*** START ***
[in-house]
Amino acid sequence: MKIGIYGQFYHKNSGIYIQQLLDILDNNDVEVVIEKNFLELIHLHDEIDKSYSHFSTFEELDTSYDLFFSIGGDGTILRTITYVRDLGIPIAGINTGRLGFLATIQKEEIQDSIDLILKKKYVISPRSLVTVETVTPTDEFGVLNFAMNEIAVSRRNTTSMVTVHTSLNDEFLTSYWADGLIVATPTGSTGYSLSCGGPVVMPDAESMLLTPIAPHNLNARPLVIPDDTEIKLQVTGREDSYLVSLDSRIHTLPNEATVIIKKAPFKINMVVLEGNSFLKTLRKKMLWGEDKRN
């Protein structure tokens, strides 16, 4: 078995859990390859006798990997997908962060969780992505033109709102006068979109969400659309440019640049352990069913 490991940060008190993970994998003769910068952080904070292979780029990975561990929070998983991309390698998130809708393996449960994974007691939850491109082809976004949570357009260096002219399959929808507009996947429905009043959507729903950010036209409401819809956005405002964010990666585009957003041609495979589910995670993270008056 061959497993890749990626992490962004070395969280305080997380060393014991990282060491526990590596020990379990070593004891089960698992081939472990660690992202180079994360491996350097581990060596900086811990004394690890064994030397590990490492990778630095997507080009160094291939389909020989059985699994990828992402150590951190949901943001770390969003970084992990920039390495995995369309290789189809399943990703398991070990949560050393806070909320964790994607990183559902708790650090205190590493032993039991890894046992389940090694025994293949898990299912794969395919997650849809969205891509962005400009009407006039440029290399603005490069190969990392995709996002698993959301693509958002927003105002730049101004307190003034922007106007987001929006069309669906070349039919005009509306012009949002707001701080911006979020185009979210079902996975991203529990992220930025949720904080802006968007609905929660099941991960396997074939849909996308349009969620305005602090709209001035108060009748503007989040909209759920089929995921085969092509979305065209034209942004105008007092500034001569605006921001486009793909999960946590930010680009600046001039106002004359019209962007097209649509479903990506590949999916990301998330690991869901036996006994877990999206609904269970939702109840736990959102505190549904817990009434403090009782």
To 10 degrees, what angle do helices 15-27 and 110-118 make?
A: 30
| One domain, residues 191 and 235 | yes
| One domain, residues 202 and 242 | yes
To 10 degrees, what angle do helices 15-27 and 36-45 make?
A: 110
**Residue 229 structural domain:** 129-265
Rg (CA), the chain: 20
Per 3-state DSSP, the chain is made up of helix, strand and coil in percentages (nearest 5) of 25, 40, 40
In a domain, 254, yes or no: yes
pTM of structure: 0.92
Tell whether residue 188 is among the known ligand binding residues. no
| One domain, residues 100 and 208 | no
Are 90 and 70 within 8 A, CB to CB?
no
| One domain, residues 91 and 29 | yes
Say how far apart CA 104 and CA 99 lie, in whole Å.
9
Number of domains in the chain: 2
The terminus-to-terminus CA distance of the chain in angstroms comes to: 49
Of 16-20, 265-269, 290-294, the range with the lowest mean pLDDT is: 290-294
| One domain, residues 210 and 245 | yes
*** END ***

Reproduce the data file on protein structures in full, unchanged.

[in-house]
Amino acid sequence: MKIGIYGQFYHKNSGIYIQQLLDILDNNDVEVVIEKNFLELIHLHDEIDKSYSHFSTFEELDTSYDLFFSIGGDGTILRTITYVRDLGIPIAGINTGRLGFLATIQKEEIQDSIDLILKKKYVISPRSLVTVETVTPTDEFGVLNFAMNEIAVSRRNTTSMVTVHTSLNDEFLTSYWADGLIVATPTGSTGYSLSCGGPVVMPDAESMLLTPIAPHNLNARPLVIPDDTEIKLQVTGREDSYLVSLDSRIHTLPNEATVIIKKAPFKINMVVLEGNSFLKTLRKKMLWGEDKRN
């Protein structure tokens, strides 16, 4: 078995859990390859006798990997997908962060969780992505033109709102006068979109969400659309440019640049352990069913 490991940060008190993970994998003769910068952080904070292979780029990975561990929070998983991309390698998130809708393996449960994974007691939850491109082809976004949570357009260096002219399959929808507009996947429905009043959507729903950010036209409401819809956005405002964010990666585009957003041609495979589910995670993270008056 061959497993890749990626992490962004070395969280305080997380060393014991990282060491526990590596020990379990070593004891089960698992081939472990660690992202180079994360491996350097581990060596900086811990004394690890064994030397590990490492990778630095997507080009160094291939389909020989059985699994990828992402150590951190949901943001770390969003970084992990920039390495995995369309290789189809399943990703398991070990949560050393806070909320964790994607990183559902708790650090205190590493032993039991890894046992389940090694025994293949898990299912794969395919997650849809969205891509962005400009009407006039440029290399603005490069190969990392995709996002698993959301693509958002927003105002730049101004307190003034922007106007987001929006069309669906070349039919005009509306012009949002707001701080911006979020185009979210079902996975991203529990992220930025949720904080802006968007609905929660099941991960396997074939849909996308349009969620305005602090709209001035108060009748503007989040909209759920089929995921085969092509979305065209034209942004105008007092500034001569605006921001486009793909999960946590930010680009600046001039106002004359019209962007097209649509479903990506590949999916990301998330690991869901036996006994877990999206609904269970939702109840736990959102505190549904817990009434403090009782």
To 10 degrees, what angle do helices 15-27 and 110-118 make?
A: 30
| One domain, residues 191 and 235 | yes
| One domain, residues 202 and 242 | yes
To 10 degrees, what angle do helices 15-27 and 36-45 make?
A: 110
**Residue 229 structural domain:** 129-265
Rg (CA), the chain: 20
Per 3-state DSSP, the chain is made up of helix, strand and coil in percentages (nearest 5) of 25, 40, 40
In a domain, 254, yes or no: yes
pTM of structure: 0.92
Tell whether residue 188 is among the known ligand binding residues. no
| One domain, residues 100 and 208 | no
Are 90 and 70 within 8 A, CB to CB?
no
| One domain, residues 91 and 29 | yes
Say how far apart CA 104 and CA 99 lie, in whole Å.
9
Number of domains in the chain: 2
The terminus-to-terminus CA distance of the chain in angstroms comes to: 49
Of 16-20, 265-269, 290-294, the range with the lowest mean pLDDT is: 290-294
| One domain, residues 210 and 245 | yes